Equipment Advice

Discussion in 'Wedding and Event' started by colt_hagmaier, Apr 7, 2004.

  1. I have finally got around to buying some better photography
    equipment. Its something I have been wanting for years, but just
    havn't had the money. I am Nikon all the way, so if your answer has
    to do with some other brand, thanks, but I'm not buying it (pardon
    the pun). Anyway, my question is simple. I would like to be able
    to start photographing events, indoor parties and such (we're not
    talking weddings here, not yet atleast) and want to get a lens that
    has a relatively broad range of effectiveness (I mean focal
    length). Concurrently, I realize that many events are indoors where
    lighting is poor, and occasionally, flash photography is not
    appropriate or permitted. Here is where lies my quandry. The two
    lenses I have been looking at are the 28-85/2.8-4.0 D and the 24-
    120/3.5-5.6 G AF-S VR. Obviously, I like the 28-85 better because
    of it is faster, but I like the 24-120 because of the greater focal
    length coverage and the Vibration Reduction (although I have never
    used that before, it sounds cool :^}. Additionally, it is a G lens,
    so it lacks the distance computation of a D lens. I really don't
    know what would be best. Please let me know any suggestions you
    have here and or if you think another lense which I have not
    considered would be better. I guess I might just have to buy two,
    although I don't want to, the F100 was quite an amature investment
    in itself. Just one other thing, Portra 400 ok for indoor shooting
    without a flash with these lenses, or do you think 800 is required?
    I realize it is completely dependent upon the availible light, but
    just in general, what do you think? I guess I could always push the
    400? Anyway, thanks for any help.
  2. Colt, even though I am up to my eyeballs in Canon gear now, my previous system was all

    First of all the F-100 is hardly an "amateur investment". It is a pro level camera all the way.
    Personally, I liked it better than my F-5 because the focus points in the viewfinder lit up so
    you knew the AF had locked on in dark situations. It's a tough little camera.

    Of the 2 lenses you mentioned, I've only used the 28-85/2.8-4 which is a decent lens. I
    can't speak to the other, but if it is an AF-S it'll focus a bit faster than without AF-S.
    However, as a G lens without distance computation it may be problematic with flash and
    ambient metering. I'd double check that. VR is indeed neat, but just something else to
    break just when you need the lens. I had an IS lenses fail due to the extra moving parts in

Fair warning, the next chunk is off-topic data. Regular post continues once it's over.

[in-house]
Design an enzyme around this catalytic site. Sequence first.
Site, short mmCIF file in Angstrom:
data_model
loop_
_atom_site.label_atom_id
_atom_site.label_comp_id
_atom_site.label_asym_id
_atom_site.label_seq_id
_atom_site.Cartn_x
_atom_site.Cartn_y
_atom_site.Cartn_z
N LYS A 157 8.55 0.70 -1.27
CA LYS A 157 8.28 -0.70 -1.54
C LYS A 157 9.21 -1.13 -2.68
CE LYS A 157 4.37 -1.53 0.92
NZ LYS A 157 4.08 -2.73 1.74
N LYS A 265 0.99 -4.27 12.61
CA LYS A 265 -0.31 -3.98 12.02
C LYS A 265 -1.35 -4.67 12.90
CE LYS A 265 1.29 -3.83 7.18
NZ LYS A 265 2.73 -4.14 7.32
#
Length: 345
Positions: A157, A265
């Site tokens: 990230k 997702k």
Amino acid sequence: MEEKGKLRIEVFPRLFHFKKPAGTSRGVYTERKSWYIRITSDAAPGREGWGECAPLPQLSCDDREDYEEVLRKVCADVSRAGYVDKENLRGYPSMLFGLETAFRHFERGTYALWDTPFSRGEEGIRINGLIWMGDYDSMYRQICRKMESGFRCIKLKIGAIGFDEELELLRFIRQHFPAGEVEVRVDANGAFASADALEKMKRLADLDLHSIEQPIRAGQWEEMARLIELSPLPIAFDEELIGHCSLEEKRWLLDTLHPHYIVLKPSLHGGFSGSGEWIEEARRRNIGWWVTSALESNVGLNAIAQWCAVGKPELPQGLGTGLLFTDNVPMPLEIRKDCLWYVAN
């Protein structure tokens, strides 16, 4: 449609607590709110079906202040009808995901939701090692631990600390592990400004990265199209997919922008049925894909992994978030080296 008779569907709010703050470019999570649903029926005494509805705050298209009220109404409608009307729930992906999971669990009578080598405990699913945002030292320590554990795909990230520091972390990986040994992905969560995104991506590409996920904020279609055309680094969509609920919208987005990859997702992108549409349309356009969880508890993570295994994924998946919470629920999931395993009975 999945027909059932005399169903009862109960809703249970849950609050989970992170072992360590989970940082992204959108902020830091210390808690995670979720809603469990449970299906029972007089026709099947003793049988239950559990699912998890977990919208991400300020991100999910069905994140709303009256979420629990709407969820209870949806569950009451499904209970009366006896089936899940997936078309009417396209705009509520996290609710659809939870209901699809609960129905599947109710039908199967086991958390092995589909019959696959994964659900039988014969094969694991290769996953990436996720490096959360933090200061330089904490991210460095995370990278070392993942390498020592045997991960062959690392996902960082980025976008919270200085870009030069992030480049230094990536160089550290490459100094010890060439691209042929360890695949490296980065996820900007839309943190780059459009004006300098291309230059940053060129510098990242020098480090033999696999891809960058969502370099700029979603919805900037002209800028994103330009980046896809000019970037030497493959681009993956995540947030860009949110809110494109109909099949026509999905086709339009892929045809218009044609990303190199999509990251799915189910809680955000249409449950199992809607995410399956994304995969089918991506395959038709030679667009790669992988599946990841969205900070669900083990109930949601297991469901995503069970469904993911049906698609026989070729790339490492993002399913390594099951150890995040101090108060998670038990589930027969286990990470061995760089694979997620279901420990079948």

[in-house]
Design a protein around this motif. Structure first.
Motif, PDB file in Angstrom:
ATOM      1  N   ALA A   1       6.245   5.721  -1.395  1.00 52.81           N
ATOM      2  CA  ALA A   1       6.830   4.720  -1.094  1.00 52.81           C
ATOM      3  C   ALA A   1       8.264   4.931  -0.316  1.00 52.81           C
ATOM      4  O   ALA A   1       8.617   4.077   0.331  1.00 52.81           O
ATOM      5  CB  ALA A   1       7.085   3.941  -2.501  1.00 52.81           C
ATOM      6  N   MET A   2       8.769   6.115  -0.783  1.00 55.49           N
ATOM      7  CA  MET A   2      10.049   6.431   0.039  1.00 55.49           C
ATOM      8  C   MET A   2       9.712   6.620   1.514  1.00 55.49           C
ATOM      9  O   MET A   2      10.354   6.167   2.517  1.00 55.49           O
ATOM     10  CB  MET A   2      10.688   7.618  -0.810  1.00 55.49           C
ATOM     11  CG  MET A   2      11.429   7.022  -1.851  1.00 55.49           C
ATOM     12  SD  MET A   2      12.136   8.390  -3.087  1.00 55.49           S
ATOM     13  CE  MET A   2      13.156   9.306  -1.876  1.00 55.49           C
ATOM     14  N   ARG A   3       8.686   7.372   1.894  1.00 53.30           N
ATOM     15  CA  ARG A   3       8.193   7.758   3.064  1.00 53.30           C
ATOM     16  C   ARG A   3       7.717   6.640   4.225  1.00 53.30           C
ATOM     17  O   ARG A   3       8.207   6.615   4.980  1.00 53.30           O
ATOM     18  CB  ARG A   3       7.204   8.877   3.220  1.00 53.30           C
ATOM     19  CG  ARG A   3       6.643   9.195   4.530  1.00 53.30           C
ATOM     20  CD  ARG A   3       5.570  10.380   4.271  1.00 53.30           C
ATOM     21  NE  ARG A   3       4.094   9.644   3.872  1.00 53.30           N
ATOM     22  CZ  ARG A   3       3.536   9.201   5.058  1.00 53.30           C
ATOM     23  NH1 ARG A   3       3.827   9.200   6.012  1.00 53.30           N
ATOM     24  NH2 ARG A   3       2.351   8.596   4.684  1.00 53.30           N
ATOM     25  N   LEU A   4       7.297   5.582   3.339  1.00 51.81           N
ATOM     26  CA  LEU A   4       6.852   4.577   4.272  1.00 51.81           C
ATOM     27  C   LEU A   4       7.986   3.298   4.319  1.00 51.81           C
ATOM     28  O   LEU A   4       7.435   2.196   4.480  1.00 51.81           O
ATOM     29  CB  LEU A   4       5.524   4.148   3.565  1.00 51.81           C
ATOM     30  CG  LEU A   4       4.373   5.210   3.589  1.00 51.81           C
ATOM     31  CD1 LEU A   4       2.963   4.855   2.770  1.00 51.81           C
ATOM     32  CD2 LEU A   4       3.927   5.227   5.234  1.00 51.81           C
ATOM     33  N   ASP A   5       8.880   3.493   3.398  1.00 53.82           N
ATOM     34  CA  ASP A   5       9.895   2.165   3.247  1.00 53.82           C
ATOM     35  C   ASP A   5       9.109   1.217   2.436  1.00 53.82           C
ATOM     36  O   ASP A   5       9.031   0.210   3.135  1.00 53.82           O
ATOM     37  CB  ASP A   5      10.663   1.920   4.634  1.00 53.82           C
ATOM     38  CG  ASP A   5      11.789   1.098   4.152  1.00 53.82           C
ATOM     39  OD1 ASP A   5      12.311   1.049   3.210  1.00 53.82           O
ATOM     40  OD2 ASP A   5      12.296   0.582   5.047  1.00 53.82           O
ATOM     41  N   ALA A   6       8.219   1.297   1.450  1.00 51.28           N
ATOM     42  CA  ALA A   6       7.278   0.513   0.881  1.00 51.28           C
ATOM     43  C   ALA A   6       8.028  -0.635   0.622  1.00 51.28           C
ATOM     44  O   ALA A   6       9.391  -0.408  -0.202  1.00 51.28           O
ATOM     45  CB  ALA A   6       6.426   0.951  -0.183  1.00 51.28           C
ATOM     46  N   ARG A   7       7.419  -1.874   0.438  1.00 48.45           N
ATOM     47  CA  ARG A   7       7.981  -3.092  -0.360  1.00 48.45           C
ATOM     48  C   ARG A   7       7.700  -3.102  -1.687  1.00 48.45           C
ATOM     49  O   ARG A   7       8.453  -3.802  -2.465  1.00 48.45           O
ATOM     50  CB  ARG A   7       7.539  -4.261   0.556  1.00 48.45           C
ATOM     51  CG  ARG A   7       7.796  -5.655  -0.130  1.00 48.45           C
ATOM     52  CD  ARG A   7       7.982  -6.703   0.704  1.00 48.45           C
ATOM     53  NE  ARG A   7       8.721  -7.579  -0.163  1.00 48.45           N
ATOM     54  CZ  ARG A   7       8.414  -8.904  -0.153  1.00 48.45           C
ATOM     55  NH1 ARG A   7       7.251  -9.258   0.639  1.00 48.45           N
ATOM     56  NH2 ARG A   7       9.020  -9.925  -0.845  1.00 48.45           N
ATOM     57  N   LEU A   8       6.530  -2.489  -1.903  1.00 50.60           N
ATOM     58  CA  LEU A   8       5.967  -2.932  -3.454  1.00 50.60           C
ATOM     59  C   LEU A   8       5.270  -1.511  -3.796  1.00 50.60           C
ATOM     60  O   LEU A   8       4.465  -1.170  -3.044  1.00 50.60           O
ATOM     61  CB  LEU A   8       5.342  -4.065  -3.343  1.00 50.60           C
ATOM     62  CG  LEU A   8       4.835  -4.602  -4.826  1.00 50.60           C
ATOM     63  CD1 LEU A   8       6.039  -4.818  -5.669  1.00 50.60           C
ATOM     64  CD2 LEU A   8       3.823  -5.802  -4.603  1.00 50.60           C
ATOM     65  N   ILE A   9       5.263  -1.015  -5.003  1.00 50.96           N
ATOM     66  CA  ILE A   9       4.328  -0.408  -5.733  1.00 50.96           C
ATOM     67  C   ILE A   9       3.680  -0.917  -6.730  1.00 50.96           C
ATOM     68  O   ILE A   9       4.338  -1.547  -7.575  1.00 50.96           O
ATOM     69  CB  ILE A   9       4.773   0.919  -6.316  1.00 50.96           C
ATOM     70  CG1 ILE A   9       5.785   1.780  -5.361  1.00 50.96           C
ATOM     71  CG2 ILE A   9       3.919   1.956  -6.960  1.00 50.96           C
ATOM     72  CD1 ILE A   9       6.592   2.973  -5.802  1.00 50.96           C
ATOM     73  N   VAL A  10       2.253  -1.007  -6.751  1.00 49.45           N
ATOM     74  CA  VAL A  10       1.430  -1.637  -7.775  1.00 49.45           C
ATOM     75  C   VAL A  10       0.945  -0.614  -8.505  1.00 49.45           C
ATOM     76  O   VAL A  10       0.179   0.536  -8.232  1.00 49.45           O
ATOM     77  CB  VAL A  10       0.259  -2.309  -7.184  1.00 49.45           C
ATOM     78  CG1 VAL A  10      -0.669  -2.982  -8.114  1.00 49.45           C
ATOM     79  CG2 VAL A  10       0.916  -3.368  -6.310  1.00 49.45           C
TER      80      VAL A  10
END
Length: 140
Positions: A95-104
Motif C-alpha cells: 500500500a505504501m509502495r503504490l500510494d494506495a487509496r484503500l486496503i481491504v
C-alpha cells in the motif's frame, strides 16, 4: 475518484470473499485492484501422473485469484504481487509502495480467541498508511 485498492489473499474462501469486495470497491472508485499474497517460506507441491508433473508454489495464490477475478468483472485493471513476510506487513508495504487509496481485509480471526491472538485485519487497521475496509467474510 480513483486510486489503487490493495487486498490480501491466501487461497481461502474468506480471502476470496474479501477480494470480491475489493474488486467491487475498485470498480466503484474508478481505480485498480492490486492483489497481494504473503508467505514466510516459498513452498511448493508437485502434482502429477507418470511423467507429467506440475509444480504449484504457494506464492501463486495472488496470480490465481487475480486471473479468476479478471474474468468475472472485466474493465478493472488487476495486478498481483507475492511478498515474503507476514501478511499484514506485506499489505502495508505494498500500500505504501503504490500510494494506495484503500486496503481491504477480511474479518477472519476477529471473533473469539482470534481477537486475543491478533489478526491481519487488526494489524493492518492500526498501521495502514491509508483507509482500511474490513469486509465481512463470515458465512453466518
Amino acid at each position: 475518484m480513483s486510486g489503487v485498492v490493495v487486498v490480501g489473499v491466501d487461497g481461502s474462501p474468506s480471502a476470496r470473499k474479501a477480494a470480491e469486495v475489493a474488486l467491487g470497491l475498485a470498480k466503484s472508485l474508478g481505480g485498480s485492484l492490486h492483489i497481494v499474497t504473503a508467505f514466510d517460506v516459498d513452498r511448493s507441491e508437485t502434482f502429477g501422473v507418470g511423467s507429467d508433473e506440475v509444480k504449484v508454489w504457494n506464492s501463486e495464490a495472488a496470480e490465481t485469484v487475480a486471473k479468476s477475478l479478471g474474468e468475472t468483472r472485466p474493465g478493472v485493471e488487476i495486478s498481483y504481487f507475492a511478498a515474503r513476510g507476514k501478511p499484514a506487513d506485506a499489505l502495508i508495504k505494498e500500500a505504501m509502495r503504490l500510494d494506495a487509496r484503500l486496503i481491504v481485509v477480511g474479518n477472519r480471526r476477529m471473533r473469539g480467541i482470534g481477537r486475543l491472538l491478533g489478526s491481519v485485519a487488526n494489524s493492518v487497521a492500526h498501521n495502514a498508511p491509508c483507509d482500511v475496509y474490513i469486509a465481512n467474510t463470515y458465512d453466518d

the lens. They just don't seem to travel well. The 28-85 is fine for event work.

    Flash: not having one with either of the above lenses is suicide IMO. f/3.5 max aperture
    will push you to a higher film speed for available light work. With a flash, you can use it as
    fill both outdoors and even indoors when using a f/2.8 aperture. It should be on a flip-
    flash bracket using an off camera cord. For people shots I'd also invest in a diffuser for the

    My opinion based on shooting a number of event type jobs: You are shooting for hire,
    having one camera and one lens is very risky. If either fails you are out of business.
    Scroll down the list of threads here and read the "Murphy's Law" posts.
  3. Hi Colt, I, like Marc, used Nikon film and now have Conon gear. The 24-120 I have no experience in but would think it to be soft at either end due to its range. The 28-85 on the other hand, That is far better IMHO. The 28 should get most every thing wide that you need and you can (at most events) approach a little for the 85 end.

    Faster glass gives greater flexibility. Faster film..... now that is a matter of great debate. 400 can be too fast for outdoor and not quite fast enough for indoor. A second body might be a needed investment. VR? not sure if there is a real advantage unless you are moving slowly, that has not been very often for me at 'events'.

    If you use fill (which seems a must for most situations at least some of the time) the lack of data from the lens will make your life a more interesting challenge. On the upside, you will become quite familiar with manual flash usage. Not a skill I anticipate you will need too much otherwise (unless using multiple flashes, or shooting studio, etc) given the technological onset of E-TTL and so forth.

    Well, I wish you luck without dropping anything!!
  4. Hello Colt,

    <<Obviously, I like the 28-85 better because of it is faster, but I like the 24-120 because of the greater focal length coverage and the Vibration Reduction (although I have never used that before, it sounds cool :^}.>>

    For handheld shooting, the 24-120 really is the faster lens. That's what VR does for you. So if you like the broader focal length range, don't let the "slower" aperture hold you back. The VR function is like having a lens one or two stops faster (with good technique and good luck, more than a couple of stops).

    <<Additionally, it is a G lens, so it lacks the distance computation of a D lens.>>

    Not true at all. Every G-series lens incorporates the "D" distance info for Nikon camera bodies. Really. Look it up. What you DON'T get is an aperture ring. You certainly DO get the D feature.

    <<if you think another lense which I have not considered would be better.>>

    The humble 50/1.8 should be in your bag, vest or pocket.

    <<the F100 was quite an amature investment in itself.>>

    I understand. These are not trivial purchases.

    <<Portra 400 ok for indoor shooting without a flash with these lenses, or do you think 800 is required?>>

    Do what works for you. I like Portra NC 400 film a lot, but for indoor work in available light I would load Fuji NPZ 800 film, no question.